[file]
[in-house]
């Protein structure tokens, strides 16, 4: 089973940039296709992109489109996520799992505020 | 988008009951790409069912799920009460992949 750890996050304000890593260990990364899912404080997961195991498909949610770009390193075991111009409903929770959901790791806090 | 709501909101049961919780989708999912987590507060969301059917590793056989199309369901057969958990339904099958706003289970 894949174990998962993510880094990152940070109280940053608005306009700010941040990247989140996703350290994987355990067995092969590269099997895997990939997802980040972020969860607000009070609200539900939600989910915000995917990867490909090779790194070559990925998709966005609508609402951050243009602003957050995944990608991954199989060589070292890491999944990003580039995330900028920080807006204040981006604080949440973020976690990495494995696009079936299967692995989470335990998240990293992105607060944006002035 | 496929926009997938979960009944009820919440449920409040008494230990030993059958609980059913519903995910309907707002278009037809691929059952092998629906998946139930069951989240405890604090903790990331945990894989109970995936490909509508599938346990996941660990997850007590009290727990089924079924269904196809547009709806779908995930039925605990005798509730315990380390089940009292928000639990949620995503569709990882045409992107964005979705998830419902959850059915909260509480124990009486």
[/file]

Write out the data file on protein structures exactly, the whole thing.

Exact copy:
[in-house]
């Protein structure tokens, strides 16, 4: 089973940039296709992109489109996520799992505020 | 988008009951790409069912799920009460992949 750890996050304000890593260990990364899912404080997961195991498909949610770009390193075991111009409903929770959901790791806090 | 709501909101049961919780989708999912987590507060969301059917590793056989199309369901057969958990339904099958706003289970 894949174990998962993510880094990152940070109280940053608005306009700010941040990247989140996703350290994987355990067995092969590269099997895997990939997802980040972020969860607000009070609200539900939600989910915000995917990867490909090779790194070559990925998709966005609508609402951050243009602003957050995944990608991954199989060589070292890491999944990003580039995330900028920080807006204040981006604080949440973020976690990495494995696009079936299967692995989470335990998240990293992105607060944006002035 | 496929926009997938979960009944009820919440449920409040008494230990030993059958609980059913519903995910309907707002278009037809691929059952092998629906998946139930069951989240405890604090903790990331945990894989109970995936490909509508599938346990996941660990997850007590009290727990089924079924269904196809547009709806779908995930039925605990005798509730315990380390089940009292928000639990949620995503569709990882045409992107964005979705998830419902959850059915909260509480124990009486």